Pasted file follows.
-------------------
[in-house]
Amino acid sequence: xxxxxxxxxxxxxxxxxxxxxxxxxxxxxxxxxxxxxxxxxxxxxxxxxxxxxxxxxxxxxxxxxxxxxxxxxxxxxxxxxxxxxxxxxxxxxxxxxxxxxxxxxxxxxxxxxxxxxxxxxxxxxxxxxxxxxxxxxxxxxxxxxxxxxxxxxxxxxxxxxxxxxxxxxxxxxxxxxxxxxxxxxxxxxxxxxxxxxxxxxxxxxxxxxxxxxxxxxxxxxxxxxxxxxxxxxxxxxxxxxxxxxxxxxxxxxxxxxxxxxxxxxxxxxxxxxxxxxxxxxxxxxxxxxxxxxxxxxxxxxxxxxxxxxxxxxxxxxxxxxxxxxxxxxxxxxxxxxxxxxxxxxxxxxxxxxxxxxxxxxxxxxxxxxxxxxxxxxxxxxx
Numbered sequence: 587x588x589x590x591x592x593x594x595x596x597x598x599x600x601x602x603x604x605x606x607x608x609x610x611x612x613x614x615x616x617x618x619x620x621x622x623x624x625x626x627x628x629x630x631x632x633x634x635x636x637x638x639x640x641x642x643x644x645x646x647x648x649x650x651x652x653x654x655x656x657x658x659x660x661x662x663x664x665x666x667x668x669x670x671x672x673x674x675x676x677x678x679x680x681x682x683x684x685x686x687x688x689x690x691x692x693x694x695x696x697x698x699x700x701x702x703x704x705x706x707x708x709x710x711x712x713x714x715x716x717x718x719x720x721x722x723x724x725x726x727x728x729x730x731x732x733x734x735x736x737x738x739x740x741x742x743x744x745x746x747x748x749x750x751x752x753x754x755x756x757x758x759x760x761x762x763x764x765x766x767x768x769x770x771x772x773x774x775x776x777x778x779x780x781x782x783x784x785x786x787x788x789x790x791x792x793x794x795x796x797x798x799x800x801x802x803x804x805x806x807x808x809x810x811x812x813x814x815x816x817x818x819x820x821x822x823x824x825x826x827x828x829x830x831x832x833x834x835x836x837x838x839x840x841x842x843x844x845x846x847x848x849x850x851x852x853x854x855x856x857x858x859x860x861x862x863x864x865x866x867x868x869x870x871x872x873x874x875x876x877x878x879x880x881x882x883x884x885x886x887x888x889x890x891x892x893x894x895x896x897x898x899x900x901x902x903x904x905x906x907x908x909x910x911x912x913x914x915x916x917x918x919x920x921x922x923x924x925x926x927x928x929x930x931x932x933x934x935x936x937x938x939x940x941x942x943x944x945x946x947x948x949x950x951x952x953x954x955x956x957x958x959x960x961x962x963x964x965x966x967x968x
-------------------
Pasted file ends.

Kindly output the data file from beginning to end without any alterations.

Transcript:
[in-house]
Amino acid sequence: xxxxxxxxxxxxxxxxxxxxxxxxxxxxxxxxxxxxxxxxxxxxxxxxxxxxxxxxxxxxxxxxxxxxxxxxxxxxxxxxxxxxxxxxxxxxxxxxxxxxxxxxxxxxxxxxxxxxxxxxxxxxxxxxxxxxxxxxxxxxxxxxxxxxxxxxxxxxxxxxxxxxxxxxxxxxxxxxxxxxxxxxxxxxxxxxxxxxxxxxxxxxxxxxxxxxxxxxxxxxxxxxxxxxxxxxxxxxxxxxxxxxxxxxxxxxxxxxxxxxxxxxxxxxxxxxxxxxxxxxxxxxxxxxxxxxxxxxxxxxxxxxxxxxxxxxxxxxxxxxxxxxxxxxxxxxxxxxxxxxxxxxxxxxxxxxxxxxxxxxxxxxxxxxxxxxxxxxxxxxxx
Numbered sequence: 587x588x589x590x591x592x593x594x595x596x597x598x599x600x601x602x603x604x605x606x607x608x609x610x611x612x613x614x615x616x617x618x619x620x621x622x623x624x625x626x627x628x629x630x631x632x633x634x635x636x637x638x639x640x641x642x643x644x645x646x647x648x649x650x651x652x653x654x655x656x657x658x659x660x661x662x663x664x665x666x667x668x669x670x671x672x673x674x675x676x677x678x679x680x681x682x683x684x685x686x687x688x689x690x691x692x693x694x695x696x697x698x699x700x701x702x703x704x705x706x707x708x709x710x711x712x713x714x715x716x717x718x719x720x721x722x723x724x725x726x727x728x729x730x731x732x733x734x735x736x737x738x739x740x741x742x743x744x745x746x747x748x749x750x751x752x753x754x755x756x757x758x759x760x761x762x763x764x765x766x767x768x769x770x771x772x773x774x775x776x777x778x779x780x781x782x783x784x785x786x787x788x789x790x791x792x793x794x795x796x797x798x799x800x801x802x803x804x805x806x807x808x809x810x811x812x813x814x815x816x817x818x819x820x821x822x823x824x825x826x827x828x829x830x831x832x833x834x835x836x837x838x839x840x841x842x843x844x845x846x847x848x849x850x851x852x853x854x855x856x857x858x859x860x861x862x863x864x865x866x867x868x869x870x871x872x873x874x875x876x877x878x879x880x881x882x883x884x885x886x887x888x889x890x891x892x893x894x895x896x897x898x899x900x901x902x903x904x905x906x907x908x909x910x911x912x913x914x915x916x917x918x919x920x921x922x923x924x925x926x927x928x929x930x931x932x933x934x935x936x937x938x939x940x941x942x943x944x945x946x947x948x949x950x951x952x953x954x955x956x957x958x959x960x961x962x963x964x965x966x967x968x